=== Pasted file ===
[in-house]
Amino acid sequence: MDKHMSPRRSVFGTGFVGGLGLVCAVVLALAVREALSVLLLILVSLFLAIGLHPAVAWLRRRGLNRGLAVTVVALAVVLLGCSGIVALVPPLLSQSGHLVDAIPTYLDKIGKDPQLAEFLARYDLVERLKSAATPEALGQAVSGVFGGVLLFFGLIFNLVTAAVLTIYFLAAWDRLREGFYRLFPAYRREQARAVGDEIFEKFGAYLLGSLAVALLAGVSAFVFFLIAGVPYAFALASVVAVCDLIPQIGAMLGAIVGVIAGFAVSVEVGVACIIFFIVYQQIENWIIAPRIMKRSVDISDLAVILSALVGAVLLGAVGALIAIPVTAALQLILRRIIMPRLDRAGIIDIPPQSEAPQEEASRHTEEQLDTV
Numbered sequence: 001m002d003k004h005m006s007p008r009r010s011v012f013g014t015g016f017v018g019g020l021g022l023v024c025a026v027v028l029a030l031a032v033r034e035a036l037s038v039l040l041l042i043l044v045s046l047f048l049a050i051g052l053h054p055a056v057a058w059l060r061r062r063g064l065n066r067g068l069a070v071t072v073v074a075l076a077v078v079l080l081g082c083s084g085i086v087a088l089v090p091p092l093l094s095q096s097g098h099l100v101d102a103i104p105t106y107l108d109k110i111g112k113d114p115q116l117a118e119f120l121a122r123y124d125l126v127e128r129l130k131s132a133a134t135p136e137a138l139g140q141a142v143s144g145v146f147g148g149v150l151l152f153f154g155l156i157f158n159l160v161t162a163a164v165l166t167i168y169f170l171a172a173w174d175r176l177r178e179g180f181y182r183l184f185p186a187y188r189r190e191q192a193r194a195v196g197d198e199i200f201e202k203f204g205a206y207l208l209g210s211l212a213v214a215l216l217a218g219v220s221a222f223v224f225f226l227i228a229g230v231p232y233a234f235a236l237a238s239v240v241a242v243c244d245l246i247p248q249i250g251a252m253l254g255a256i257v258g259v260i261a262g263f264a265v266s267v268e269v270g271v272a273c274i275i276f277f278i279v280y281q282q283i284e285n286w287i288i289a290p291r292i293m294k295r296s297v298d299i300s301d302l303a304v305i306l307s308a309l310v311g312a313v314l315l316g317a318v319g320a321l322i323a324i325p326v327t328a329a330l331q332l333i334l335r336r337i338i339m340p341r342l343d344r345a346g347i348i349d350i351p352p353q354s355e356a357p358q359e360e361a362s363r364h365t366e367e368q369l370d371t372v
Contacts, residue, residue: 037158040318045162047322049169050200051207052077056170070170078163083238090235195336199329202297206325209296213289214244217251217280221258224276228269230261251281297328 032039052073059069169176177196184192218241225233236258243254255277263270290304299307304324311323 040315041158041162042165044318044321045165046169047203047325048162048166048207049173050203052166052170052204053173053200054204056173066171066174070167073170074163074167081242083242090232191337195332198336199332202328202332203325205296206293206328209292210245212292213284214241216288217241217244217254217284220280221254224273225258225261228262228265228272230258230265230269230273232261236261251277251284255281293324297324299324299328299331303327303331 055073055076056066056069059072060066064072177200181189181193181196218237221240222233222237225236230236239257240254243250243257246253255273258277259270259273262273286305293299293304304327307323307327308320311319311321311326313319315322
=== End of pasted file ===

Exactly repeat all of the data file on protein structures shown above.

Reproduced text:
[in-house]
Amino acid sequence: MDKHMSPRRSVFGTGFVGGLGLVCAVVLALAVREALSVLLLILVSLFLAIGLHPAVAWLRRRGLNRGLAVTVVALAVVLLGCSGIVALVPPLLSQSGHLVDAIPTYLDKIGKDPQLAEFLARYDLVERLKSAATPEALGQAVSGVFGGVLLFFGLIFNLVTAAVLTIYFLAAWDRLREGFYRLFPAYRREQARAVGDEIFEKFGAYLLGSLAVALLAGVSAFVFFLIAGVPYAFALASVVAVCDLIPQIGAMLGAIVGVIAGFAVSVEVGVACIIFFIVYQQIENWIIAPRIMKRSVDISDLAVILSALVGAVLLGAVGALIAIPVTAALQLILRRIIMPRLDRAGIIDIPPQSEAPQEEASRHTEEQLDTV
Numbered sequence: 001m002d003k004h005m006s007p008r009r010s011v012f013g014t015g016f017v018g019g020l021g022l023v024c025a026v027v028l029a030l031a032v033r034e035a036l037s038v039l040l041l042i043l044v045s046l047f048l049a050i051g052l053h054p055a056v057a058w059l060r061r062r063g064l065n066r067g068l069a070v071t072v073v074a075l076a077v078v079l080l081g082c083s084g085i086v087a088l089v090p091p092l093l094s095q096s097g098h099l100v101d102a103i104p105t106y107l108d109k110i111g112k113d114p115q116l117a118e119f120l121a122r123y124d125l126v127e128r129l130k131s132a133a134t135p136e137a138l139g140q141a142v143s144g145v146f147g148g149v150l151l152f153f154g155l156i157f158n159l160v161t162a163a164v165l166t167i168y169f170l171a172a173w174d175r176l177r178e179g180f181y182r183l184f185p186a187y188r189r190e191q192a193r194a195v196g197d198e199i200f201e202k203f204g205a206y207l208l209g210s211l212a213v214a215l216l217a218g219v220s221a222f223v224f225f226l227i228a229g230v231p232y233a234f235a236l237a238s239v240v241a242v243c244d245l246i247p248q249i250g251a252m253l254g255a256i257v258g259v260i261a262g263f264a265v266s267v268e269v270g271v272a273c274i275i276f277f278i279v280y281q282q283i284e285n286w287i288i289a290p291r292i293m294k295r296s297v298d299i300s301d302l303a304v305i306l307s308a309l310v311g312a313v314l315l316g317a318v319g320a321l322i323a324i325p326v327t328a329a330l331q332l333i334l335r336r337i338i339m340p341r342l343d344r345a346g347i348i349d350i351p352p353q354s355e356a357p358q359e360e361a362s363r364h365t366e367e368q369l370d371t372v
Contacts, residue, residue: 037158040318045162047322049169050200051207052077056170070170078163083238090235195336199329202297206325209296213289214244217251217280221258224276228269230261251281297328 032039052073059069169176177196184192218241225233236258243254255277263270290304299307304324311323 040315041158041162042165044318044321045165046169047203047325048162048166048207049173050203052166052170052204053173053200054204056173066171066174070167073170074163074167081242083242090232191337195332198336199332202328202332203325205296206293206328209292210245212292213284214241216288217241217244217254217284220280221254224273225258225261228262228265228272230258230265230269230273232261236261251277251284255281293324297324299324299328299331303327303331 055073055076056066056069059072060066064072177200181189181193181196218237221240222233222237225236230236239257240254243250243257246253255273258277259270259273262273286305293299293304304327307323307327308320311319311321311326313319315322